Elements Asia

Ganges Authentic Indian Cuisine

Mehek Indian Restaurant

Sunny Garden

More Dining Options

Corrections or additions?

These advertorials were prepared for the May 4,

2005 issue of U.S. 1 Newspaper. All rights reserved.

Dining Around

Top Of Page
Elements Asia

Haute cuisine meets Asian elegance

‘We wanted to create a restaurant that was totally different from the

traditional Chinese restaurant," says Tiffany Chu, co-owner of

Elements Asia with her husband and chef, Tom Chu, and her sister, Amy

Liu. "We want people to know that Asian food can be both delicious

and healthy. We try to bring a little bit more contemporary Asian

food to our menu."

The menu, which spans the foods of China, Japan, and Thailand,

features many contemporary dishes – Asian-Style Pumpkin Soup with

Shitake Mushrooms, Stuffed Eggplant and Shrimp, Thai Mango Shrimp,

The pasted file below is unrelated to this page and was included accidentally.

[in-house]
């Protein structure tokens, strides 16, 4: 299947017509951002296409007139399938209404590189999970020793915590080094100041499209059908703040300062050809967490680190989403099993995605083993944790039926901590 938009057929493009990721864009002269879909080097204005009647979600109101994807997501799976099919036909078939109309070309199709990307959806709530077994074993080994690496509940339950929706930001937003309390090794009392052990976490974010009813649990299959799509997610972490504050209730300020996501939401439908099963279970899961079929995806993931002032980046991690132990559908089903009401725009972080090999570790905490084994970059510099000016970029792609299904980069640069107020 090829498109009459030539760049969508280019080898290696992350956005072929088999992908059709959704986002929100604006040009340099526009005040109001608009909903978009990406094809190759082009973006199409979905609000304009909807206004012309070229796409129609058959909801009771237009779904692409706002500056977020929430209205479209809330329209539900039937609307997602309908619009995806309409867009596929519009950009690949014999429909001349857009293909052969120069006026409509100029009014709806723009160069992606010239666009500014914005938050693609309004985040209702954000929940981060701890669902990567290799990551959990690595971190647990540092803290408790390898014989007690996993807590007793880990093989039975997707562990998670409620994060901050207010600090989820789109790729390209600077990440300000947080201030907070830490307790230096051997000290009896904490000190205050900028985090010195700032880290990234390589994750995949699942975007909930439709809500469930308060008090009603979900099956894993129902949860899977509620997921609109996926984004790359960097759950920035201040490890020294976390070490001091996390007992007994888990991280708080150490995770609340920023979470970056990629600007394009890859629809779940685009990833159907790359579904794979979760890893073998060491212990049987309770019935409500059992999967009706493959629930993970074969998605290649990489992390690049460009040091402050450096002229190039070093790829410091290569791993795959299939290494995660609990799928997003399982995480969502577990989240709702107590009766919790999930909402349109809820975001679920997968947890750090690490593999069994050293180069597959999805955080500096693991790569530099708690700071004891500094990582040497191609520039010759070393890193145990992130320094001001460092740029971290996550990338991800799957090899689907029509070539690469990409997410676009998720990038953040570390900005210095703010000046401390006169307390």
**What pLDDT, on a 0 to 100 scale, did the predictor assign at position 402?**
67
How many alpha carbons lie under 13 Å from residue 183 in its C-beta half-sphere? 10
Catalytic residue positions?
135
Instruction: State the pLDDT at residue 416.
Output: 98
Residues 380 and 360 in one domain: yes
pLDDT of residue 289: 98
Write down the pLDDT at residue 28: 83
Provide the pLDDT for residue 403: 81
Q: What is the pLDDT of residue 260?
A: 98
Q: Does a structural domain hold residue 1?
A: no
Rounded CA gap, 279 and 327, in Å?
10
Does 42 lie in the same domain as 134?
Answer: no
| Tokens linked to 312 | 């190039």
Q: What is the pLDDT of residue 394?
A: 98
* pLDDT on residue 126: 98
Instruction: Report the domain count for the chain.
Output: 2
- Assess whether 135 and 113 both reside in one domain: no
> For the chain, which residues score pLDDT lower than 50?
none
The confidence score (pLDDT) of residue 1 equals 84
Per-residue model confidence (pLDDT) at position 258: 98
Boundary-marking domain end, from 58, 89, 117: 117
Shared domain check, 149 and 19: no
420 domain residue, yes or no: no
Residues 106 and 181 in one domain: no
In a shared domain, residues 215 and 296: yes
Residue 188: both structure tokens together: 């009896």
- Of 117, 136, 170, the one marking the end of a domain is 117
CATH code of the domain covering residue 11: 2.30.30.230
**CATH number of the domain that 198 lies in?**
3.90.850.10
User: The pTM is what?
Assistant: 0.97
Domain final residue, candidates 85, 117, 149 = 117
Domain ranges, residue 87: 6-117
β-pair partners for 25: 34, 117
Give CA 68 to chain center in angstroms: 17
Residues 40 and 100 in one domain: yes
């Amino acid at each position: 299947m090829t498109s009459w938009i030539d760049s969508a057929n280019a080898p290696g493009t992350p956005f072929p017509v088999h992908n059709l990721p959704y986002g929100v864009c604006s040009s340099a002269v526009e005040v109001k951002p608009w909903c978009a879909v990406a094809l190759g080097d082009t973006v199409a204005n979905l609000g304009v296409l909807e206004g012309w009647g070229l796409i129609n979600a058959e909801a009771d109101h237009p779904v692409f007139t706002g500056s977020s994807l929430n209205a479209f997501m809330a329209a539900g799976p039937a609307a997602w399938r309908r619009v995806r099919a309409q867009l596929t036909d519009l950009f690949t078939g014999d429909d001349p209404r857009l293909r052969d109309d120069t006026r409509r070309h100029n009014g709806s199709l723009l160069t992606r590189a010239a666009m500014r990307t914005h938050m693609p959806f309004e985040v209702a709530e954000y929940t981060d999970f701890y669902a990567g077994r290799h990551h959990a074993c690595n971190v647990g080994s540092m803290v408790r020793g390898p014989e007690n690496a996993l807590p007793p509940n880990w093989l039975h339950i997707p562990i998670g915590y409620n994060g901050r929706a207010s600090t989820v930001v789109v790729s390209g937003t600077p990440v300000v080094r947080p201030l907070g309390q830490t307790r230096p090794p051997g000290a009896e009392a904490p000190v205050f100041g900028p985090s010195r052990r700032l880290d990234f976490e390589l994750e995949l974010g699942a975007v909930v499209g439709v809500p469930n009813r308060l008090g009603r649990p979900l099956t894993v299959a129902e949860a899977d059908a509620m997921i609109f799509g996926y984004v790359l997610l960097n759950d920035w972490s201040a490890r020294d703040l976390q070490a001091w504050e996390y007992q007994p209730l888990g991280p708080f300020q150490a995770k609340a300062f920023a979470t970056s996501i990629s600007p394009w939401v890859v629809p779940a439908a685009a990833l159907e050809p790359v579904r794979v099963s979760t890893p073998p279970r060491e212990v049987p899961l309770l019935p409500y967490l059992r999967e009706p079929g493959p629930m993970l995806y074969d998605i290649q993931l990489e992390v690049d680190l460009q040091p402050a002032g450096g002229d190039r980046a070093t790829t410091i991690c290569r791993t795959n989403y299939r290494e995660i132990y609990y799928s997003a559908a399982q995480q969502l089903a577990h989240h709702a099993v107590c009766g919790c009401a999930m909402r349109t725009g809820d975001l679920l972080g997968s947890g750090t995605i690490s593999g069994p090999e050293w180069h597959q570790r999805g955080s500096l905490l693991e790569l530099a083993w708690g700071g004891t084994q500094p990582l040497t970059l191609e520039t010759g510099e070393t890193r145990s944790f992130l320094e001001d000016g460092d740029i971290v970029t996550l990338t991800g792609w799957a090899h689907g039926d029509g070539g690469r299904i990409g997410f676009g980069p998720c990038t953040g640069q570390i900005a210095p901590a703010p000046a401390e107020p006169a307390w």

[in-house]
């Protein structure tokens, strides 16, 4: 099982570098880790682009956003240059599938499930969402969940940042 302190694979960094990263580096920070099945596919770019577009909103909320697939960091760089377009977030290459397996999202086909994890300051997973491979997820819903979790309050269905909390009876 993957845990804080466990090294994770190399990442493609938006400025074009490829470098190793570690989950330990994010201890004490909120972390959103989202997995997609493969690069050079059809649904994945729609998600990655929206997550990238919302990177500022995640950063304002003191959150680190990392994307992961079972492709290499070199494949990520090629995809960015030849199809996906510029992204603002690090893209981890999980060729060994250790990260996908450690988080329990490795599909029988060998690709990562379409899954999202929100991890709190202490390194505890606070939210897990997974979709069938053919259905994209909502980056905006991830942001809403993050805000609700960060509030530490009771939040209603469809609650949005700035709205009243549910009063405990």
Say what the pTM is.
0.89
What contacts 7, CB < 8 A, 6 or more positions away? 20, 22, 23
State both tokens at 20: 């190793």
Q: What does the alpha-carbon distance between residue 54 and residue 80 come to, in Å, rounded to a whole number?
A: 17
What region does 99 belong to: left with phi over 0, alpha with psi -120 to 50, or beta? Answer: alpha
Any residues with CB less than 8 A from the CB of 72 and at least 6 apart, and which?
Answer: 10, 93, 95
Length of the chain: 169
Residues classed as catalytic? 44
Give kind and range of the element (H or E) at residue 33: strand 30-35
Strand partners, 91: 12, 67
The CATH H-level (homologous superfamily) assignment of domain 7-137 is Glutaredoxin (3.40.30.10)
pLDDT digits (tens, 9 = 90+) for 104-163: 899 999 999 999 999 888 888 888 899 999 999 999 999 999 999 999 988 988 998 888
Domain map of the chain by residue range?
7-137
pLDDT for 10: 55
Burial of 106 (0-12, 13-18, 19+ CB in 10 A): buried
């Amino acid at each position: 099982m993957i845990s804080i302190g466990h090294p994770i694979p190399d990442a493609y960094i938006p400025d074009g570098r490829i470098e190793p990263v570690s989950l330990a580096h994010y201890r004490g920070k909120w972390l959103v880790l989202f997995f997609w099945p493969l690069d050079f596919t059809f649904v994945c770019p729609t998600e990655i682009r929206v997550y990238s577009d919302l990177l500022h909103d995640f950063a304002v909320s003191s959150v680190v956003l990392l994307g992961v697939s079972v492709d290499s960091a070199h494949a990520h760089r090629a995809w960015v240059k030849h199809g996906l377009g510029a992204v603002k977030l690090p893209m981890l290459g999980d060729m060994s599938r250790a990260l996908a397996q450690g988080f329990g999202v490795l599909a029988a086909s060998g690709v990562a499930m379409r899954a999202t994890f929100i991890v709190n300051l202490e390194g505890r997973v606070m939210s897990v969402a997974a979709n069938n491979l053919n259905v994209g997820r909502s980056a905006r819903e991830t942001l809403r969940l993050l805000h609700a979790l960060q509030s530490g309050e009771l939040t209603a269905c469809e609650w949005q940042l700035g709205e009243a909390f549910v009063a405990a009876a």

Grand Marnier Shrimp, Taiwanese Pot Stickers with Pork and Shrimp

Filling, Grilled Rack of Lamb, Chicken and Shrimp Bahamas, Ribeye

Steak with Pineapple, and Stuffed Shitake Mushrooms with Crabmeat.

All of these dishes – called "Creations" on the menu – are the

invention of chef Tom Chu, a native of Taiwan who majored in art in

college and then came to America 25 years ago. Not long after coming

to the United States he returned to Taiwan to go to cooking school,

then came back to open highly-successful restaurants first in

Westport, Connecticut, and then in New Jersey, including Seafood

Empire, now seven years old, in North Brunswick, which has earned a 25

in the Zagat’s Guide since 2003. (After earning an MBA at Central

State University in Oklahoma, Tiffany wanted to be near New York, and

spent a summer as a hostess in Tom’s Westport restaurant. That’s how

the two met. They are married, have lived in West Windsor for 10

years, and have a 15-year-old daughter.)

"Our food is tasty, light, and healthy," says Tiffany. "We use only

fresh ingredients." The restaurant gets all its mushrooms from a farm

in Pennsylvania,